October 23, 2003

Ports to Ridge: "Where's the money?"

The American Association of Port Authorities says it "commends" Homeland Security Secretary Tom Ridge and the U.S. Coast Guard (USCG) on yesterday's final release of regulations to secure America's ports from terrorist acts. These final regulations call for port facilities to conduct vulnerability assessments, develop security plans and implement enhanced security measures.

The AAPA notes that public port agencies have invested millions of dollars to increase security and are committed to working closely with the Department of Homeland Security. It says the new regulations mark the first step toward implementation of the Maritime Transportation Security Act (MTSA) enacted into law in 2002 .

"The next steps," says the AAPA, "are further enhancing the cooperation and coordination and the funding to meet the law's intent. According to the USCG, implementing these regulations will cost $1.125 billion in the first year and $5.45 billion over ten years.

"The MTSA also calls for a grant program to help implement this heightened security," says the AAPA. "While Congress has appropriated $513.2 million since September 11, 2001, for port security grants, to continue to make progress, sustained funds are needed. For FY'05, AAPA urges a Federal funding level of $400 million for the Transportation Security Administration's port security grant program to cost-share with local port authorities and facility operators to make the enhancements required under these new regulations."

According to Kurt Nagle, President of AAPA, "America's ports are critical to our nation's defense and economic vitality. To ensure implementation of security measures, it's vital that the Federal government continue and augment its financial help to ports, as it has done with airports. Sustained funding for maritime security is essential to building a strong homeland defense. AAPA urges the Administration and Congress to provide $400 million in grant funding in FY'05.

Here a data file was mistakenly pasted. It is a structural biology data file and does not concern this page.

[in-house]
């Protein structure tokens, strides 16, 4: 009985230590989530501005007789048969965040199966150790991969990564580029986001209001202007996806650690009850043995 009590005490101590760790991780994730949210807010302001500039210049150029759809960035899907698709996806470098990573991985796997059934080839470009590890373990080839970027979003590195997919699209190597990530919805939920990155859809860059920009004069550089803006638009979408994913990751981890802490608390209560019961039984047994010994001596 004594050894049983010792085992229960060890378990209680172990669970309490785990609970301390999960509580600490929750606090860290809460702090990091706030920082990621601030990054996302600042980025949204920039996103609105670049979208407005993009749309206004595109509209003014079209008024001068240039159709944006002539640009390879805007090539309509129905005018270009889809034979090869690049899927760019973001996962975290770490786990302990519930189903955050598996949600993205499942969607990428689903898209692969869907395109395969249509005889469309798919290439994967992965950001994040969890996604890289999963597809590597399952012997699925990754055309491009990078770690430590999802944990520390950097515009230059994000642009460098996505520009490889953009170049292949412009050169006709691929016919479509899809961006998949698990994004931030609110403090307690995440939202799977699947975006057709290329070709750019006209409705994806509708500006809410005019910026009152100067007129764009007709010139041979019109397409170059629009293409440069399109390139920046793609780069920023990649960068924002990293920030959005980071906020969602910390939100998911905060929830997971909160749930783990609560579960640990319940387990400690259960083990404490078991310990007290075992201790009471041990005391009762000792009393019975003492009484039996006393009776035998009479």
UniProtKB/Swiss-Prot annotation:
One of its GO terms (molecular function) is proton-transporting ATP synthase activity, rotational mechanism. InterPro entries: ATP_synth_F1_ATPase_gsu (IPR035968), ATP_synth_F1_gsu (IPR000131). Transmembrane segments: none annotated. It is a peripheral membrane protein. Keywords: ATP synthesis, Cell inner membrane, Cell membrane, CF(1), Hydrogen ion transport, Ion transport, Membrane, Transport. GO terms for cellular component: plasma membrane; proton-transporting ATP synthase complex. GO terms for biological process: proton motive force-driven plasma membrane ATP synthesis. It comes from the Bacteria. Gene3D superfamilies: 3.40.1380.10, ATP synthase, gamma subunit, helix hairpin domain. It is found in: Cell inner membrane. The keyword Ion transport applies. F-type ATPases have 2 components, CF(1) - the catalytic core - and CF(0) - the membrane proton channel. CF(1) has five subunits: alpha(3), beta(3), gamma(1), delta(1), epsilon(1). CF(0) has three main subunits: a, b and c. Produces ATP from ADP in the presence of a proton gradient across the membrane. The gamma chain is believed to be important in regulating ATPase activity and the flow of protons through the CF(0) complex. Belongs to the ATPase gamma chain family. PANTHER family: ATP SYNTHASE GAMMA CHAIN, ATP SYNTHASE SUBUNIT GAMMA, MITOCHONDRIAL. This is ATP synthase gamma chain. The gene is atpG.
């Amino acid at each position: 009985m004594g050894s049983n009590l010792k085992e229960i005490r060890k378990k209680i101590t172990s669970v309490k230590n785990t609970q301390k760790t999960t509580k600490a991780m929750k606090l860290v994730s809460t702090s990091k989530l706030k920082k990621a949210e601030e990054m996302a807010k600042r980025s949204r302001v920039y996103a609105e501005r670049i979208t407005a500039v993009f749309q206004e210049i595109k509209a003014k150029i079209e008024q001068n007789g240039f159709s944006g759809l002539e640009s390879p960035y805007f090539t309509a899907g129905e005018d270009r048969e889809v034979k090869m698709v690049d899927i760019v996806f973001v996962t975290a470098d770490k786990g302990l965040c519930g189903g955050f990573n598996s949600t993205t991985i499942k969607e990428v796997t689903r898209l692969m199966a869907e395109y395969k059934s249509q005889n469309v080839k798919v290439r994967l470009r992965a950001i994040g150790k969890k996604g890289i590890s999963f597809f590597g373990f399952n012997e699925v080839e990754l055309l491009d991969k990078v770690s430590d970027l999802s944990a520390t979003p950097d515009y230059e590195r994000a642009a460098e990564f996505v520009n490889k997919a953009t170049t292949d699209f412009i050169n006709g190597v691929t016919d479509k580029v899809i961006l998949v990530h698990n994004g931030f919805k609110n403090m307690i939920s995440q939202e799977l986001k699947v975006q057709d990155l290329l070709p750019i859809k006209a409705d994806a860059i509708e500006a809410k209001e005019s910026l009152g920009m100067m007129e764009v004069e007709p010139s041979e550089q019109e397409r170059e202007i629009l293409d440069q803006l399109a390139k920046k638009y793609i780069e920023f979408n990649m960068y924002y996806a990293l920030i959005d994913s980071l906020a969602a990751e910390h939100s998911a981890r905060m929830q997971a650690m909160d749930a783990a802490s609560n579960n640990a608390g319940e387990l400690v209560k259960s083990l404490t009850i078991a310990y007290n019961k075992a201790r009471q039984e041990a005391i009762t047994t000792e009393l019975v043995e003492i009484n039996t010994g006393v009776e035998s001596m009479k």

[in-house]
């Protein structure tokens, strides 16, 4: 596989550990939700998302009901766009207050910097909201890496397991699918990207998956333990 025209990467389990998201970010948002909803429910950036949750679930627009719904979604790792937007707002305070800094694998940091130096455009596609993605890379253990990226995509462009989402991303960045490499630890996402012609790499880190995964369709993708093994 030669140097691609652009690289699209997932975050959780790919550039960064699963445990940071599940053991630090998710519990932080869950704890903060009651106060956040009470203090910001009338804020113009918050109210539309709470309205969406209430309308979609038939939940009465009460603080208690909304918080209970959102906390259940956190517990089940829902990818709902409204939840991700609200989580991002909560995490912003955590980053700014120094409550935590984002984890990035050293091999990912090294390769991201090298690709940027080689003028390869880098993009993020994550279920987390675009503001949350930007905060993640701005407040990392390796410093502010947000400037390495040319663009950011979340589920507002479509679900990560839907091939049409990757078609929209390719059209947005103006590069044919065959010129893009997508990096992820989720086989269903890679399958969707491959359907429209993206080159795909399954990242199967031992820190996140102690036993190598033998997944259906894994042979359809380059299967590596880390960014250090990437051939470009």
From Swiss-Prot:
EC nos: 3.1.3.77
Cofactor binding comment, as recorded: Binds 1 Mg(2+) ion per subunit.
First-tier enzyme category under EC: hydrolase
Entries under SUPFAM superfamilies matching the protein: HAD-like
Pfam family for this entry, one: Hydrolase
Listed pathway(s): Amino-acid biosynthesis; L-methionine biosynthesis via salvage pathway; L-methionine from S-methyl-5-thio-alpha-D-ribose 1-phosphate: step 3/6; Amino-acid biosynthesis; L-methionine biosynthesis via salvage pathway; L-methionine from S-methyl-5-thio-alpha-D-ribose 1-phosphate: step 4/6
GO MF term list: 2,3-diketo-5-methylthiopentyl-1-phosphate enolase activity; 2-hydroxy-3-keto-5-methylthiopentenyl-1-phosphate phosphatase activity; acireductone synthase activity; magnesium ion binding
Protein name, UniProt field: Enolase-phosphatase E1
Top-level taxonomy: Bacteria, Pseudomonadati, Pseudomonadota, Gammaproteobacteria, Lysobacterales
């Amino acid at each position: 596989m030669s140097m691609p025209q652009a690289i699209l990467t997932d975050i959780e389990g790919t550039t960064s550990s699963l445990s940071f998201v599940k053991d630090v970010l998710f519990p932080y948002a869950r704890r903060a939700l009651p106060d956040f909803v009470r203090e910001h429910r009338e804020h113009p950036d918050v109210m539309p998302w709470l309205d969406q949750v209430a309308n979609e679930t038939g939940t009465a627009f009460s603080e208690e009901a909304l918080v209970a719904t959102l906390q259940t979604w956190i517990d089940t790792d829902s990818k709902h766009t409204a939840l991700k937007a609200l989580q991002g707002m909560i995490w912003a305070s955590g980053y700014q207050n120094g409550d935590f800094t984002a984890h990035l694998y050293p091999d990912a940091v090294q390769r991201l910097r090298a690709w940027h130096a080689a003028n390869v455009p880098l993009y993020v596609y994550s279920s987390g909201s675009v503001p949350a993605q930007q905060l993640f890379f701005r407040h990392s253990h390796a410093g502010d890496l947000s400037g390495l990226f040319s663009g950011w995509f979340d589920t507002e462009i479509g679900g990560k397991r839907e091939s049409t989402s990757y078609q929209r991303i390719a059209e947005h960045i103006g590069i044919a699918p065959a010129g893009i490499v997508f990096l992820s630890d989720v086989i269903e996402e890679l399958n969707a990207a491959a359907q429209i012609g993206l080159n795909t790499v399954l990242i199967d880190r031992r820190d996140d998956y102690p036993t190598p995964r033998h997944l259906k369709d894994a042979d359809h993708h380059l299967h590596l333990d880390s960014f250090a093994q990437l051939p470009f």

"AAPA looks forward to continuing to partner with the Department of Homeland Security on the range of maritime security issues, including funding. To this end, the Association is actively seeking representation on the National Maritime Security Advisory Committee to give guidance to DHS from the public port industry perspective," noted Nagle.

The Coast Guard regulations also call for facilities to provide access control systems as part of their port facility plans. The Department of Homeland Security (DHS) is in the process of developing a Transportation Worker Identification Card in accordance with the MTSA. AAPA encourages DHS to move quickly in implementing this program to support security programs at ports.

The regulations are a culmination of several years of hard work and collaboration with the port industry on the best way to secure ports while keeping cargo flowing efficiently. Protecting America's ports is critical to the nation's economic growth and vitality. Ports handle 95% of our nation's overseas trade by volume, support the mobilization and deployment of U.S. Armed Forces, and serve as transit points for millions of cruise and ferry passengers.

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